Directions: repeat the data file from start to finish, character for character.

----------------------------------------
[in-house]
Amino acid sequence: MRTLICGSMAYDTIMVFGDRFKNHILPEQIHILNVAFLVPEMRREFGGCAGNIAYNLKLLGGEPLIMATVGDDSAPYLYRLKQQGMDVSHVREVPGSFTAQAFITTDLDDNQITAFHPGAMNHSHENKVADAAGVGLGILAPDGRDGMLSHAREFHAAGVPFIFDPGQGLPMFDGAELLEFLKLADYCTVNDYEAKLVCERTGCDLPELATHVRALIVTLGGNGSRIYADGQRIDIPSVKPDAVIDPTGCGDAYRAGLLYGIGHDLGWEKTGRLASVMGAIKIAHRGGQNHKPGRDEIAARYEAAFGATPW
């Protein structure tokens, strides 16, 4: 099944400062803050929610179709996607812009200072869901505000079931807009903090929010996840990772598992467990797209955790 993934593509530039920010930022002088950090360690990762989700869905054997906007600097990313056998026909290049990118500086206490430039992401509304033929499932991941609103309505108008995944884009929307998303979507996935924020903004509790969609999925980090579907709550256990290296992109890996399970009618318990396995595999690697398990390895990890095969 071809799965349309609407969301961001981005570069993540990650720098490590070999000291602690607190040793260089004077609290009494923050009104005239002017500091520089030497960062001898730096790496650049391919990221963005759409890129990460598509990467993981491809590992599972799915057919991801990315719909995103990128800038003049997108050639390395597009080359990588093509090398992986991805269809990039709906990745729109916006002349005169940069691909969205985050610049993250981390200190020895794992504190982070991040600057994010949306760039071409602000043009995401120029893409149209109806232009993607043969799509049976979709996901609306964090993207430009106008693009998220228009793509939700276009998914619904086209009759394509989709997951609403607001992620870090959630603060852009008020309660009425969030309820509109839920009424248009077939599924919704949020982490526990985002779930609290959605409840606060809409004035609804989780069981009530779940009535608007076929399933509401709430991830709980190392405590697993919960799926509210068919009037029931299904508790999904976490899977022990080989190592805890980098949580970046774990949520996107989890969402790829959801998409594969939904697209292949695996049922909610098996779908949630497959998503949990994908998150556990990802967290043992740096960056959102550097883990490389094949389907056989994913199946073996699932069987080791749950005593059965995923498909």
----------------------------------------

[in-house]
Amino acid sequence: MRTLICGSMAYDTIMVFGDRFKNHILPEQIHILNVAFLVPEMRREFGGCAGNIAYNLKLLGGEPLIMATVGDDSAPYLYRLKQQGMDVSHVREVPGSFTAQAFITTDLDDNQITAFHPGAMNHSHENKVADAAGVGLGILAPDGRDGMLSHAREFHAAGVPFIFDPGQGLPMFDGAELLEFLKLADYCTVNDYEAKLVCERTGCDLPELATHVRALIVTLGGNGSRIYADGQRIDIPSVKPDAVIDPTGCGDAYRAGLLYGIGHDLGWEKTGRLASVMGAIKIAHRGGQNHKPGRDEIAARYEAAFGATPW
């Protein structure tokens, strides 16, 4: 099944400062803050929610179709996607812009200072869901505000079931807009903090929010996840990772598992467990797209955790 993934593509530039920010930022002088950090360690990762989700869905054997906007600097990313056998026909290049990118500086206490430039992401509304033929499932991941609103309505108008995944884009929307998303979507996935924020903004509790969609999925980090579907709550256990290296992109890996399970009618318990396995595999690697398990390895990890095969 071809799965349309609407969301961001981005570069993540990650720098490590070999000291602690607190040793260089004077609290009494923050009104005239002017500091520089030497960062001898730096790496650049391919990221963005759409890129990460598509990467993981491809590992599972799915057919991801990315719909995103990128800038003049997108050639390395597009080359990588093509090398992986991805269809990039709906990745729109916006002349005169940069691909969205985050610049993250981390200190020895794992504190982070991040600057994010949306760039071409602000043009995401120029893409149209109806232009993607043969799509049976979709996901609306964090993207430009106008693009998220228009793509939700276009998914619904086209009759394509989709997951609403607001992620870090959630603060852009008020309660009425969030309820509109839920009424248009077939599924919704949020982490526990985002779930609290959605409840606060809409004035609804989780069981009530779940009535608007076929399933509401709430991830709980190392405590697993919960799926509210068919009037029931299904508790999904976490899977022990080989190592805890980098949580970046774990949520996107989890969402790829959801998409594969939904697209292949695996049922909610098996779908949630497959998503949990994908998150556990990802967290043992740096960056959102550097883990490389094949389907056989994913199946073996699932069987080791749950005593059965995923498909």